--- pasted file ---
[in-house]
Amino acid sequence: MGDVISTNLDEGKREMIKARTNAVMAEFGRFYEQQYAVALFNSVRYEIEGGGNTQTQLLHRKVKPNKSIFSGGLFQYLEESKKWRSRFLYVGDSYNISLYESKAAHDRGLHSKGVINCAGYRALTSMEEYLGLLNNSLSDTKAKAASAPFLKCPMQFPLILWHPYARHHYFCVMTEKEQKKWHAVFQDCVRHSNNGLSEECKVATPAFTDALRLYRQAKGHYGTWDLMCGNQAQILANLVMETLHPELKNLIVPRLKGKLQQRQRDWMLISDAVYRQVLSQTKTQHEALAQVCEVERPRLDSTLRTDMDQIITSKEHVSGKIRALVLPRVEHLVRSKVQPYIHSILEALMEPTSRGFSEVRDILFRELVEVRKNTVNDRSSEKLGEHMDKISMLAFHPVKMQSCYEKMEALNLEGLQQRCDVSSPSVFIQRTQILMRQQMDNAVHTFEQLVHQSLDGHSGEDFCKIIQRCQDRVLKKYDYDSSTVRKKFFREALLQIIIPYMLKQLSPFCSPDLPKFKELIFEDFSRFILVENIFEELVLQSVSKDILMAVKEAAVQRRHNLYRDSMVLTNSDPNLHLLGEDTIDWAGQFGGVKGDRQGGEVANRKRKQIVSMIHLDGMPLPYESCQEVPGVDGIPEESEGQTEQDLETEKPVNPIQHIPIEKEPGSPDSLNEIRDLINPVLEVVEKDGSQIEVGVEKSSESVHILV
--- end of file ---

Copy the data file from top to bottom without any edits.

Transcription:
[in-house]
Amino acid sequence: MGDVISTNLDEGKREMIKARTNAVMAEFGRFYEQQYAVALFNSVRYEIEGGGNTQTQLLHRKVKPNKSIFSGGLFQYLEESKKWRSRFLYVGDSYNISLYESKAAHDRGLHSKGVINCAGYRALTSMEEYLGLLNNSLSDTKAKAASAPFLKCPMQFPLILWHPYARHHYFCVMTEKEQKKWHAVFQDCVRHSNNGLSEECKVATPAFTDALRLYRQAKGHYGTWDLMCGNQAQILANLVMETLHPELKNLIVPRLKGKLQQRQRDWMLISDAVYRQVLSQTKTQHEALAQVCEVERPRLDSTLRTDMDQIITSKEHVSGKIRALVLPRVEHLVRSKVQPYIHSILEALMEPTSRGFSEVRDILFRELVEVRKNTVNDRSSEKLGEHMDKISMLAFHPVKMQSCYEKMEALNLEGLQQRCDVSSPSVFIQRTQILMRQQMDNAVHTFEQLVHQSLDGHSGEDFCKIIQRCQDRVLKKYDYDSSTVRKKFFREALLQIIIPYMLKQLSPFCSPDLPKFKELIFEDFSRFILVENIFEELVLQSVSKDILMAVKEAAVQRRHNLYRDSMVLTNSDPNLHLLGEDTIDWAGQFGGVKGDRQGGEVANRKRKQIVSMIHLDGMPLPYESCQEVPGVDGIPEESEGQTEQDLETEKPVNPIQHIPIEKEPGSPDSLNEIRDLINPVLEVVEKDGSQIEVGVEKSSESVHILV